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Sunday, May 18, 2014

Breaking Out For a Trip to Speed's Kitchen

I am ready to climb out of this funk that has enshrouded me for days. My knee and back are still painful, but I have learned that pain medicine makes me constipated and does little else. My knee hurts every time I put weight on it. Walking is a chore, but no manner of rest or ice has proved to change the situation. I am weary of sitting on my ass as it grows wider by he day. 
Today, P and I are going to drive up to Shellman Bluff to eat at Speed’s Kitchen, my favorite place in the world for fried shrimp and crab stew. We will take the Old Coast Road to Darien, passing through the marshes where centuries ago, rice plantations thrived, driven by slave labor. We we will ride up Highway 99, through Ridgeville with it’s clapboard antebellum homes that sit back from the road, fronted by wide lawns lush with azaleas and dotted with ancient oaks. 

We will pass through Meridian and a few miles down the road, we will turn east at Carnigan toward the Tolomato Spanish Mission Ruins. There lies a rookery populated by Wood Storks and Ibis (glossy and white) and Egrets (great and small) and other herons, like the Great Blue. We will pull out the binoculars to peer at them and speak in hushed tones as we take photos.

The tiny communities of Valona and Cedar Point and Crescent dot the road on the way to Eulonia, where we will reconnect with the Old Coast Road. From there it is  only a few miles north to the turn-off for Pine Harbor and the hard left that takes us to Shellman Bluff, one of the oldest fishing villages on Georgia’s coast. We will drive through the piney coastal plain with mobile homes and churches scattered along the roadside. On a Sunday there will be gatherings for preaching and dinner on the ground, with ladies dressed all in white - right down to their shoes and stockings. And they will all be wearing hats.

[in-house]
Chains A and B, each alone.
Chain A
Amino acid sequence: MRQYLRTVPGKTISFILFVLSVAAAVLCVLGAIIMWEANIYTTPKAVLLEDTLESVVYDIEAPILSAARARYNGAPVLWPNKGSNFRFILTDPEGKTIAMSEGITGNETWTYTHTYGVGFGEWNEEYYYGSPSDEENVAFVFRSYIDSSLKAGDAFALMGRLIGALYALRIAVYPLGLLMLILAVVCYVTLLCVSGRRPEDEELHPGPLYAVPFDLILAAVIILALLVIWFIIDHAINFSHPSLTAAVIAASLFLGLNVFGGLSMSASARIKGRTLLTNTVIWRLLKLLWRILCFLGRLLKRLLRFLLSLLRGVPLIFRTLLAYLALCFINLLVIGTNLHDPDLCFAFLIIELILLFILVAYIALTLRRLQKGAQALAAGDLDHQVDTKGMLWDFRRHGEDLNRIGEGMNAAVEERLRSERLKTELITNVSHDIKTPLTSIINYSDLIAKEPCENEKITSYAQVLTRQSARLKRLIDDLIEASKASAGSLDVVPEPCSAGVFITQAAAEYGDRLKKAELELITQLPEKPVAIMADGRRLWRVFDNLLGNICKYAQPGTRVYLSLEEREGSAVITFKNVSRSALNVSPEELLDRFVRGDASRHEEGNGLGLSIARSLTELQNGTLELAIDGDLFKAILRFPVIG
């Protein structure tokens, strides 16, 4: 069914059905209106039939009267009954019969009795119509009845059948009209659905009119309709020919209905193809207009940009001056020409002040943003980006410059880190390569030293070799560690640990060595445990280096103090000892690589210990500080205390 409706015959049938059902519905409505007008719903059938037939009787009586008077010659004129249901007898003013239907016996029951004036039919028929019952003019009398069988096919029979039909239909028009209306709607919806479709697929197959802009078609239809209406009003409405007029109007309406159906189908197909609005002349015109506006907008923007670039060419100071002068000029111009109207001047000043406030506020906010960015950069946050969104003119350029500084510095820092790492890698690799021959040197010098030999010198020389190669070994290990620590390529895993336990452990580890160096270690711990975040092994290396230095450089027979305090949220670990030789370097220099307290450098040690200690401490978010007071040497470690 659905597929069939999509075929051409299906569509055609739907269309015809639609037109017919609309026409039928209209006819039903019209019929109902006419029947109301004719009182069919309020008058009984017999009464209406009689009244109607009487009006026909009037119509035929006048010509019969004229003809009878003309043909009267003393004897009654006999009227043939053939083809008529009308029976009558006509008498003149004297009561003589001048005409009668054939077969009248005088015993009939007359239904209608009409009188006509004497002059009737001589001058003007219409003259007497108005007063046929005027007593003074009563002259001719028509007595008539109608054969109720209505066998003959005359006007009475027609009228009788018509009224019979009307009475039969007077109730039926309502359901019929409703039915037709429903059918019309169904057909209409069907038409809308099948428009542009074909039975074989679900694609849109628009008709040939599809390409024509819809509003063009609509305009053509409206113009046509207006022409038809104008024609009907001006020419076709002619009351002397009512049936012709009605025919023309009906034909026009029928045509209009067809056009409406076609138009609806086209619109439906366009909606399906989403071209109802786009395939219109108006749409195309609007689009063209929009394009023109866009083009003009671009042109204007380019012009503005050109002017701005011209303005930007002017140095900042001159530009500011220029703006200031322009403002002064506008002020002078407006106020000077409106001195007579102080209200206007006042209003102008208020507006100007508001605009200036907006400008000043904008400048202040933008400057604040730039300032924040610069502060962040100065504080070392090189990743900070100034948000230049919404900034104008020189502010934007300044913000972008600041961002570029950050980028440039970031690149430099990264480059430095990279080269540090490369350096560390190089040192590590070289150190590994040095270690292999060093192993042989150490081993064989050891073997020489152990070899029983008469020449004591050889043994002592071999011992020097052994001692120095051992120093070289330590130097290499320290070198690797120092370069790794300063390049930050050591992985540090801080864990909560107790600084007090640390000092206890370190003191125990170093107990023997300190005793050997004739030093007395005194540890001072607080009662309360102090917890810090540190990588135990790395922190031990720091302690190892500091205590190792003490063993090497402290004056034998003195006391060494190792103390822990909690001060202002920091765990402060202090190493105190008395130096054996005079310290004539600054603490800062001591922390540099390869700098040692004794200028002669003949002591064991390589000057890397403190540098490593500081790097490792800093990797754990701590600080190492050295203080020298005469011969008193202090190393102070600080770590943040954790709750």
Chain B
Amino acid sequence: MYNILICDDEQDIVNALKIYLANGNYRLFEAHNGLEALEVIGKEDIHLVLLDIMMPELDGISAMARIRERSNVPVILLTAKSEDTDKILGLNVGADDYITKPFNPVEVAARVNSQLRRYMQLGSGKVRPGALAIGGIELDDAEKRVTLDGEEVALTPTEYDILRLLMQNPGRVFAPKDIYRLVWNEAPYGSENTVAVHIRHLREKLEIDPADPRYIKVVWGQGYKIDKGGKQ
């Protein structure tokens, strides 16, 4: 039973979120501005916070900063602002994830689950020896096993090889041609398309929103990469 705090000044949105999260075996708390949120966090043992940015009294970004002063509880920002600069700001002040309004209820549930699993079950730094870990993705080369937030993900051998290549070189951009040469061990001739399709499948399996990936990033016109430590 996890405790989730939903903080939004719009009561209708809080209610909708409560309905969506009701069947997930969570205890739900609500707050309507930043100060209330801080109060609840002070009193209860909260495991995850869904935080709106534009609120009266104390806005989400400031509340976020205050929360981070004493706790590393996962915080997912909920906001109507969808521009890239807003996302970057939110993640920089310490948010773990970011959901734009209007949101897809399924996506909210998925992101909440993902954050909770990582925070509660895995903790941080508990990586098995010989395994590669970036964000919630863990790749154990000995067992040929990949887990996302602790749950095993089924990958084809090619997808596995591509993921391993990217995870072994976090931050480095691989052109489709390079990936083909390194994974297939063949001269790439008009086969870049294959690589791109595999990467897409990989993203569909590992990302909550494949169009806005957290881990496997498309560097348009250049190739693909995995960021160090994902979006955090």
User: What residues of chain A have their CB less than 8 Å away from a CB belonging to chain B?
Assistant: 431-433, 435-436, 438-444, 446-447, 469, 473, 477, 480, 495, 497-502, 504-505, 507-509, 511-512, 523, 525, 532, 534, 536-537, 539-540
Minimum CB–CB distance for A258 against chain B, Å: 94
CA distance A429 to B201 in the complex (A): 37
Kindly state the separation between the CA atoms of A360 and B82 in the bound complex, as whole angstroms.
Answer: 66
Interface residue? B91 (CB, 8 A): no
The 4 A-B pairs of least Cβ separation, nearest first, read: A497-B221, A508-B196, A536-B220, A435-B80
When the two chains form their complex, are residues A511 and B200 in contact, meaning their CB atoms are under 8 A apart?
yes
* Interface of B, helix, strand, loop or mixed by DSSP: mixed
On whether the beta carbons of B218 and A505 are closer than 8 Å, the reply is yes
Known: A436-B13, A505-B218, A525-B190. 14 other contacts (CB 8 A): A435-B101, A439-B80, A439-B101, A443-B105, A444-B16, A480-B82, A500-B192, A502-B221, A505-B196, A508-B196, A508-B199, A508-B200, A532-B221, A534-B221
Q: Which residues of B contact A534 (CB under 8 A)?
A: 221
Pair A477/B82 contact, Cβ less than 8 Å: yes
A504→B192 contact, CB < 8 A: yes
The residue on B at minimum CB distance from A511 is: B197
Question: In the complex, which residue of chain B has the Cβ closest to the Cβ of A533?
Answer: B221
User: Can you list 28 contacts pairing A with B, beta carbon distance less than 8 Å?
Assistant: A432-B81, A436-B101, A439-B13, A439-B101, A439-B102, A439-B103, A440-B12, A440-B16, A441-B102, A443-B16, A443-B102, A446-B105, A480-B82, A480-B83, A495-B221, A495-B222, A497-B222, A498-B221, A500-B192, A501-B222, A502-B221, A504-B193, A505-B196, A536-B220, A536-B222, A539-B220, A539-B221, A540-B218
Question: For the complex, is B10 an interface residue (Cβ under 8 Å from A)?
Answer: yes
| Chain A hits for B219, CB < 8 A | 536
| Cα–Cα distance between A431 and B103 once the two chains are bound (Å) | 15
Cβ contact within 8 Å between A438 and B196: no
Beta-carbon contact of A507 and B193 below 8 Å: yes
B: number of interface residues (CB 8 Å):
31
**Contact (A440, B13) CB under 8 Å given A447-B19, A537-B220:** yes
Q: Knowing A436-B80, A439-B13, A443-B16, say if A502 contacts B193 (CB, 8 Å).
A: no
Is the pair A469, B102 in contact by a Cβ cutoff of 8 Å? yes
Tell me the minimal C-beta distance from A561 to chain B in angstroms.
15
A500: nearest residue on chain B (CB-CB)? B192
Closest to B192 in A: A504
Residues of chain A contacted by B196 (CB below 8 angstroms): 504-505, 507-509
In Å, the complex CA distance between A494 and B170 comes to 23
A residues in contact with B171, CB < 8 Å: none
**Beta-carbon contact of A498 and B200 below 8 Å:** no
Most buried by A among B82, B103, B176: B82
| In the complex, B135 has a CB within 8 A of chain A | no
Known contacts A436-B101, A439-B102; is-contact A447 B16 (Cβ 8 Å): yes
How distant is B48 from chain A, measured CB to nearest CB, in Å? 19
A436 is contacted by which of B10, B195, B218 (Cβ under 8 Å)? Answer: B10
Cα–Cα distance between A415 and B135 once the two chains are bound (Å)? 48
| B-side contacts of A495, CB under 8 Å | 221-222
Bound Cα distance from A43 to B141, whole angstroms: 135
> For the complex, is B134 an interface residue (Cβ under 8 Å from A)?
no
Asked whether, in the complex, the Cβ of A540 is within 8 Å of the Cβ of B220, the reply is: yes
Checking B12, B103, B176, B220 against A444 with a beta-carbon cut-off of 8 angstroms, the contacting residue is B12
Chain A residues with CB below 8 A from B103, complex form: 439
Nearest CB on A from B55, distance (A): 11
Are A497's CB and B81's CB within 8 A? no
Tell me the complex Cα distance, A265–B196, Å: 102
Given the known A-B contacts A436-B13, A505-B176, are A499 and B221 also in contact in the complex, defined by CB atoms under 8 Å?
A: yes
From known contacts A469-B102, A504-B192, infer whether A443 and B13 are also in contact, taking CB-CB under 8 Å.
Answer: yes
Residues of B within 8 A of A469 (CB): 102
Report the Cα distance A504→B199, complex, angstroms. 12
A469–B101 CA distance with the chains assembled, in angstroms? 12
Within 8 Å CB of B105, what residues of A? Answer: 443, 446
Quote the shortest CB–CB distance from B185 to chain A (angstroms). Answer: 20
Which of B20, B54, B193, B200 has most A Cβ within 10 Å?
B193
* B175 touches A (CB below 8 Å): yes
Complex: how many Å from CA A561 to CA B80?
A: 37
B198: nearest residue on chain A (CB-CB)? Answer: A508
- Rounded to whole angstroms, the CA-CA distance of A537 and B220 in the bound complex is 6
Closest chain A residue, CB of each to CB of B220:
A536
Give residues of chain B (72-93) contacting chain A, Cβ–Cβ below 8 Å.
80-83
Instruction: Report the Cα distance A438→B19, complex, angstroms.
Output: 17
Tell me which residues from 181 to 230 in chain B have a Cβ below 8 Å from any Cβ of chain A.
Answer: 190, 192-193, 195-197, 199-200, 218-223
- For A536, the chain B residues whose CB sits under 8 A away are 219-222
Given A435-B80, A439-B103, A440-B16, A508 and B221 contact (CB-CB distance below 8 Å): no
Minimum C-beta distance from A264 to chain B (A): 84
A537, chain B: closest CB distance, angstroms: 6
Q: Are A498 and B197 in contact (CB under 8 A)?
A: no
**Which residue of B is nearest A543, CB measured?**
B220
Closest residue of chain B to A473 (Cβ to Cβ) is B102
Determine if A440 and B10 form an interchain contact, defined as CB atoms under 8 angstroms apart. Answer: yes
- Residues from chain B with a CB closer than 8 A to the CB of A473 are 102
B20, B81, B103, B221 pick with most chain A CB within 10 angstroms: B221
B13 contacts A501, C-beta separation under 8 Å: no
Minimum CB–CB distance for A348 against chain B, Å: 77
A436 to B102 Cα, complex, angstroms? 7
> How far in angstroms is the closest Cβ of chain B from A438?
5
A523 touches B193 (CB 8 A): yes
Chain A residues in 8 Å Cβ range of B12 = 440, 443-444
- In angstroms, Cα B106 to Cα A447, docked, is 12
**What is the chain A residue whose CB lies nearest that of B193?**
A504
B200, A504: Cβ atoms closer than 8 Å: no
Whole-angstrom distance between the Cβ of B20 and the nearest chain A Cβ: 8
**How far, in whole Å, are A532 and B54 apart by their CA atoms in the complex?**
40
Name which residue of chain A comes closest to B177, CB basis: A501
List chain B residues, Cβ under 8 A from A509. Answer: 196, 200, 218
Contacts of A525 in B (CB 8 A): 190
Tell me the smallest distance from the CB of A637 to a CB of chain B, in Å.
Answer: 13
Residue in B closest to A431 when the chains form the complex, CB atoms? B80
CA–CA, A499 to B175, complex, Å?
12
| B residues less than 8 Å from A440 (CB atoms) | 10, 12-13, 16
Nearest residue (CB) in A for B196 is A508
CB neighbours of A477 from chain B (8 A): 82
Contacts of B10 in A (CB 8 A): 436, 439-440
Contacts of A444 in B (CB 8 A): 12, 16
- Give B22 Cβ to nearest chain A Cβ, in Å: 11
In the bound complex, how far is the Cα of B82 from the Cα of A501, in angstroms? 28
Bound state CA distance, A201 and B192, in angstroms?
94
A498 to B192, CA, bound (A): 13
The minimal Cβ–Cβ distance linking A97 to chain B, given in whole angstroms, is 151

In 1976, when my brother, John, introduced Clint and me to Speed’s and we began traveling the forty-or-so miles up the road from Saint Simons to eat there, Shellman Bluff was a sleepy little fish camp, not even a hint on most maps. But fishermen knew where it was, and they launched their boats into the Broro River there. A few cabins were scattered about and there were two restaurants - Speed’s Kitchen on Speed’s Kitchen Road, just past Shellman Bluff Baptist Church, and Hunter’s Cafe in downtown Shellman Bluff, across the road from the river.
We used to have to walk through the kitchen to get to the dining rooms, comprised of two trailers hooked together to form a T. Today, there is an addition on the front where the main entrance is. Even the “new” room feels like a mobile home. In the first “old” room, there is a photo on the wall of Clint and “Miss Virginia,” taken by Kay on the night of Homer's 60th birthday dinner. Miss Virginia took care of our rowdy group that night, and the spirit of that evening lives on. On my last visit to Speed’s, while I was still living in Macon, I borrowed the picture, took it home and had it reframed and mailed it back.
The menu, for as long as I can remember, has been printed on a blue and white paper place mat. On the side of the menu, you will find this statement:  “Shellman Bluff. Not a place for Fast lane folks. Ain't got no red lights.” And they mean it. If you order broiled flounder stuffed with crabmeat, the girls will prepare and stuff that fish to order, and it can take as long as 45 minutes to an hour to be fed. It was Clint's favorite food in the world, and we always enjoyed the wait. 
Loosen your belt when you sit down. Have a cup of crab stew and some slaw while you wait for your meal. If you order a fried dinner, it will be out fairly quickly, and you will be amazed at how delicious it is. As I mentioned above, broiled dinners come out more slowly, as do crab au gratin and deviled crab, but they are more than worth the wait. I can taste the crab au gratin right now. Oh, and the hushpuppies…sweet with onions and crunchy as fried chicken. Kay Nelson taught me how to peel a hushpuppy and feast on the crust, dipped it in Speed’s incomparable tartar sauce. 

And take your checkbook or be certain you are flush with cash, because they don’t take credit cards. If you want anything hard to drink, take that with you, too. They don't sell alcohol, but they're happy for you to brown bag it.
So, I am off to shower and dress for our outing. The anticipation of the drive and the wonderful food have me excited and hungry. It will be my second trip to Speed’s since Clint’s death in 2009, and I expect to shed a tear or two when I see his photo on the wall. They will be good tears, though. He will be there with us, not like old times but like new times, better times.

Copyright 2014
cj Schlottman

1 comment:

Sue said...

I hope you had a delightful day! You deserve it.